Canadian Pacific Railway, Parry Sound, Ontario Canada
Laser Survey Used to Validate CP Track Widening Works
The proposed transportation of wind turbine tower bases from Toronto northwards to the Canadian Shield region had led Canadian Pacific Railway (CP) to undertake the widening of a 140 mile section of track through difficult terrain, where the existing rock cuttings were considered tight according to standard rail clearance envelopes.
The widening works were being undertaken in accordance with old clearance records and, for this reason, CP needed assurance that these widening works would be sufficient to allow the tower bases to pass without incident. CP was also looking to update its clearance records along this section for the processing of future over-dimensional loads. CP asked Geomatic Technologies (GT) if it could help.
With winter fast approaching, GT was on-site and ready to begin mapping within a very short timeframe. Using GT’s Asset Inspection Mapping System (GT AIMS), GT mobilised a CP hyrail vehicle and over the following 2 days was able to complete the 140 mile survey without interrupting mainline operations.
GT collected continuous laser, imagery and positional data along the entire railroad route. The CP deliverable to the project was a standard profile description of any fixed object which encroached upon the standard 23’x8’ box centred on the rail. Due to the heavy foliage, rock cuts and inclement weather experienced during the project, a large number of objects were found to be encroaching on the clearance box. However, thanks to the trackbased imagery recorded at speed during the survey, GT was able to select the valid encroachments and export these into a CP compatible format.
Due to the imminent shipment of the tower bases, CP requested GT to undertake another clearance analysis using just the wind turbine clearance envelope. Within 24 hours of receiving the schematics, GT had passed the new envelope through the 140 miles of track and confirmed that the shipment would make the journey without striking any fixed object on route.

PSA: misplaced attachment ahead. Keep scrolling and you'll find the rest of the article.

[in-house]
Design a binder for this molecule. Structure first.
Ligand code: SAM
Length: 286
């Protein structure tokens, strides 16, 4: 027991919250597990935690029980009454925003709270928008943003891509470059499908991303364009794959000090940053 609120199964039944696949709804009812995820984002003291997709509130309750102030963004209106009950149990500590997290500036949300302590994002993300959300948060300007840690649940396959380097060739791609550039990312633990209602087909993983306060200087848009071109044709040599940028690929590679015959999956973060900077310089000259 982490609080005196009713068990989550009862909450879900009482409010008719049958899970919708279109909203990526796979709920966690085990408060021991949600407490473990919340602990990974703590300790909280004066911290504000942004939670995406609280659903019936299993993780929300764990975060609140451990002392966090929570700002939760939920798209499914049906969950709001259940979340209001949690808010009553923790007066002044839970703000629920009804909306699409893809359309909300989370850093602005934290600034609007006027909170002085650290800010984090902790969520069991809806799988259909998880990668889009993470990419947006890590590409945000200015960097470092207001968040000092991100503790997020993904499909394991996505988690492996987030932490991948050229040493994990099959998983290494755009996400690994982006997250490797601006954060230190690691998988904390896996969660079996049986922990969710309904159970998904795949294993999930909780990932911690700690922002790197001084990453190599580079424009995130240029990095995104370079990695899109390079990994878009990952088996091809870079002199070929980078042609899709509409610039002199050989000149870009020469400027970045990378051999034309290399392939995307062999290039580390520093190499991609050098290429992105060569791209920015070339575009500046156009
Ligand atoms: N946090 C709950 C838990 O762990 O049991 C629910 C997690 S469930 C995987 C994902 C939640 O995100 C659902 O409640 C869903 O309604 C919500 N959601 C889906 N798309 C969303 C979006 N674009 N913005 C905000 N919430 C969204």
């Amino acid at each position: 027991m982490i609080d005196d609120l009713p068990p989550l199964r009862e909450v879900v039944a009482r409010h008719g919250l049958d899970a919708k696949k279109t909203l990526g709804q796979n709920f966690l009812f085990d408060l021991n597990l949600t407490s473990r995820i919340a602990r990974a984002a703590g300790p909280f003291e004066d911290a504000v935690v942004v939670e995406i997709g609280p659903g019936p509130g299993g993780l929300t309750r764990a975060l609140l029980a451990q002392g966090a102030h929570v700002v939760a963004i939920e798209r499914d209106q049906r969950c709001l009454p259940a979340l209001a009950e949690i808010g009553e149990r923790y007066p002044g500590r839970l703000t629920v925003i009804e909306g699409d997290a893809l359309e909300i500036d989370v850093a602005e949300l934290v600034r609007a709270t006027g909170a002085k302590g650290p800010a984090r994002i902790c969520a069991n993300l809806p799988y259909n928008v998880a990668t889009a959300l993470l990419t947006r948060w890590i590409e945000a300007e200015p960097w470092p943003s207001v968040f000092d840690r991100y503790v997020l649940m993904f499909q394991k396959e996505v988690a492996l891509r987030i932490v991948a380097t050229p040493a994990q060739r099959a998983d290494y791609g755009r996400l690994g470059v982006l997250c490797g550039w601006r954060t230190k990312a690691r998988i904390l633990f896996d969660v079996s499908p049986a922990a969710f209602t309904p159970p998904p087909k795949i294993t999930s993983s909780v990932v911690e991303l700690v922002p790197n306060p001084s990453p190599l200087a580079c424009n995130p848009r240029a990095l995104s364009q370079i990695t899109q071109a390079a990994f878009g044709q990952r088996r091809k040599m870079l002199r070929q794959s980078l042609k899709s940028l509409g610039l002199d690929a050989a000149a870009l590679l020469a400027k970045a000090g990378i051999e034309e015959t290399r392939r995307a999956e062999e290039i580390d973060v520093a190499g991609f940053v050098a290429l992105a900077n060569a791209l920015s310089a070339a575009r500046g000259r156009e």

A final report identified approximately 150 potential encroachment locations for CP to update its clearance records, along with an additional report highlighting several tight areas that the wind turbine tower bases would encounter.
– GT’s rapid mobilisation and execution allowed CP to quickly validate the track widening works that it had undertaken through the summer months.
– Precise positioning information ensured that the locations of existing rock cuttings could be readily identified and tested for clearance verification.
– The clearance information from the initial survey was reused to determine whether the actual wind turbine tower bases would pass without incident.
– Data collection at ‘line speed’ ensured that there were no delays to mainline railroad operations.
– GT’s ability to work in difficult weather conditions ensured that the transportation of the wind turbine bases was not delayed.
– As GT collected continuous laser, imagery and positional data, composite profiles for several major structures along the route could be delivered to CP so that it could update its clearance database, thus delivering multiple benefits from one survey.
– In December of 2009 the wind turbine bases traversed the 140 mile section mapped by GT without incident.